The short stone row at Maol Mor, near Dervaig (© Argyll Archaeology)

Evidence from the three partially excavated sites of Ardnacross, Glengorm and Baliscate indicate that as well as tracking the moon, other rituals that took place within these monuments included the extensive use of fire as well as the burial of the dead. Quartz chippings and crystals found scattered across these sites suggest these rituals were accompanied by flickering and dancing fire and moonlight which refracted and reflected off the quartz. It has been suggested that these monuments acted as ‘portals to the underworld’.

Interestingly, quartz has been associated with housing the spirits and a means of connection between this and the after-world since Neolithic times[1]. There are eight (possibly nine) stone rows all found in spectacular locations in the northern and eastern part of Mull, all of which can be readily visited.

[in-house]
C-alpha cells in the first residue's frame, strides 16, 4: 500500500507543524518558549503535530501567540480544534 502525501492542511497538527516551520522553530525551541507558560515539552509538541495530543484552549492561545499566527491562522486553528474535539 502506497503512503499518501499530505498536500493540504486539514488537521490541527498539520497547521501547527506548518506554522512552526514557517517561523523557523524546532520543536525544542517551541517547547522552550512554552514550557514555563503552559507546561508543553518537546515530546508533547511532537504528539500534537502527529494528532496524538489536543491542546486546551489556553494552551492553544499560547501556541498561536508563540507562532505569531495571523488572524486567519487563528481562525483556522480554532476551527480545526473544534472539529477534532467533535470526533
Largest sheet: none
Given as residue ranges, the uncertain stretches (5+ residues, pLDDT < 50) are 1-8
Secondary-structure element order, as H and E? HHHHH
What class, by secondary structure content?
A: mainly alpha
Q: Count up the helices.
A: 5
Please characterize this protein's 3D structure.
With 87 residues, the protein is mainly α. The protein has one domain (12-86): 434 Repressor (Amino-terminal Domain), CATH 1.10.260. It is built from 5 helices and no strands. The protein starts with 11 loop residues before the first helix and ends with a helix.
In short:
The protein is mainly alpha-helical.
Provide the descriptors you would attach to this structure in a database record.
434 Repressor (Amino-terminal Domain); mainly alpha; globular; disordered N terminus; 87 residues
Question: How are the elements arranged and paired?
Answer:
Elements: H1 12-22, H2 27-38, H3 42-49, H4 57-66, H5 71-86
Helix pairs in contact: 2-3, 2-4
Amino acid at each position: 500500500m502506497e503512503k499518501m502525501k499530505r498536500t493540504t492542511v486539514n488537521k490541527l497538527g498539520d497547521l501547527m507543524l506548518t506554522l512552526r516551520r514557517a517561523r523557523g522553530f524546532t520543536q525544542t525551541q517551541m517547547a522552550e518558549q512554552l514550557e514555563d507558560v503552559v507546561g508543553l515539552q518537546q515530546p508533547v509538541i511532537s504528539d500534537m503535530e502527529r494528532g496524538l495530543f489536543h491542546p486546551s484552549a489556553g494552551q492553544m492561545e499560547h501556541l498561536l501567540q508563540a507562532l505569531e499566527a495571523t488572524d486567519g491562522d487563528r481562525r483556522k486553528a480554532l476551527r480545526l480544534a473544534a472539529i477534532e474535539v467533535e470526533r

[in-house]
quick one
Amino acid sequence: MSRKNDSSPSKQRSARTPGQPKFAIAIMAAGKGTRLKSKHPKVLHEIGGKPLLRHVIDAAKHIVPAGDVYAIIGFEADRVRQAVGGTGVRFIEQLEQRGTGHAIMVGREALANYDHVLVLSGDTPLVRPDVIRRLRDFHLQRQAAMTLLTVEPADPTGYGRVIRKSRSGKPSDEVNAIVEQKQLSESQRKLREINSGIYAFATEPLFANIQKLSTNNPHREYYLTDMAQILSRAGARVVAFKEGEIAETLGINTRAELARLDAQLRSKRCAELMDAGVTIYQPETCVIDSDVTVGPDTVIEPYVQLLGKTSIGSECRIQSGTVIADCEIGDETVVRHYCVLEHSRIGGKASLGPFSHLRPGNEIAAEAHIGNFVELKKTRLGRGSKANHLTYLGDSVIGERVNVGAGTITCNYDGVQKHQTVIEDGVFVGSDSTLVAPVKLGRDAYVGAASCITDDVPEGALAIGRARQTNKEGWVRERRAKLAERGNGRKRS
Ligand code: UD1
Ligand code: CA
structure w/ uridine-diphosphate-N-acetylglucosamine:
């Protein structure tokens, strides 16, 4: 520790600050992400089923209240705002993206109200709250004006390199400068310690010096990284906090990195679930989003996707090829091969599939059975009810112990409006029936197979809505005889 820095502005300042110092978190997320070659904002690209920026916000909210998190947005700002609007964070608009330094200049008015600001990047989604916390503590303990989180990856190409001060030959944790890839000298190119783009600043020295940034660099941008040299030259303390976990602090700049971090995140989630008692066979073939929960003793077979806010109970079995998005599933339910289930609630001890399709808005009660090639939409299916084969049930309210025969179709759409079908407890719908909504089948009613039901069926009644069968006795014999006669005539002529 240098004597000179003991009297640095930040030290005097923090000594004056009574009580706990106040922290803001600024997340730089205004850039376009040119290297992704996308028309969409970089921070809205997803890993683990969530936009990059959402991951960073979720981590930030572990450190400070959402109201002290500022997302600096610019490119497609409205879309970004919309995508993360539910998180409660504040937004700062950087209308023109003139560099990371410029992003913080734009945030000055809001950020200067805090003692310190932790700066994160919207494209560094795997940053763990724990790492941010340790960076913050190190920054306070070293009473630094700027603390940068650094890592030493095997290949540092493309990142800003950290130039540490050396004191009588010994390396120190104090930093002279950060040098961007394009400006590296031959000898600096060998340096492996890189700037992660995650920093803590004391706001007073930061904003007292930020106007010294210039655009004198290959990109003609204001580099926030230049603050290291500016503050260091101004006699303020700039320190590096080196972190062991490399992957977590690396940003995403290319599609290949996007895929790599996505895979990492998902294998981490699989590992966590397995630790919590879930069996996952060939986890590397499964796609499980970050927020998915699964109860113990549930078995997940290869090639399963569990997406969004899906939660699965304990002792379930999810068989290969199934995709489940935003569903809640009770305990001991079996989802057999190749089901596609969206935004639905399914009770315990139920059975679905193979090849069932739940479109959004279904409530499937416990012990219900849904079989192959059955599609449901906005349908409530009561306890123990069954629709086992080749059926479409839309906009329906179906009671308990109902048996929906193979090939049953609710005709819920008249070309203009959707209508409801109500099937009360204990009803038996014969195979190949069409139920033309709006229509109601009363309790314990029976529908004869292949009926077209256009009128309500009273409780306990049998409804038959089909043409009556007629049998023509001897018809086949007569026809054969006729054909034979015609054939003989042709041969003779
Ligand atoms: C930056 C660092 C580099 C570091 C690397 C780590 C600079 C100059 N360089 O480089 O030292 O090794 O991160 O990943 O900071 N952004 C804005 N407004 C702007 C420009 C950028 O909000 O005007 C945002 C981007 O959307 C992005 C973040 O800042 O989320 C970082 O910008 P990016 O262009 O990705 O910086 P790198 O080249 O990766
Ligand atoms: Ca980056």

Following in their Footsteps: Prehistoric and Medieval Iona

Iona is famous across the world for its iconic medieval monastery. Founded almost 1,500 years ago in 563 AD by Saint Columba, this early centre of Christianity grew into one of the most significant pilgrimage sites in Western Europe. The current 13th-century abbey building, built on the site of Columba’s original church, is an impressive sight but as you leave the ferry and follow in the footsteps of the countless medieval pilgrims before you, be sure to stop and appreciate the wealth of hidden history on the way.

Iona Abbey, Isle of Iona (© VisitScotland / Paul Tomkins)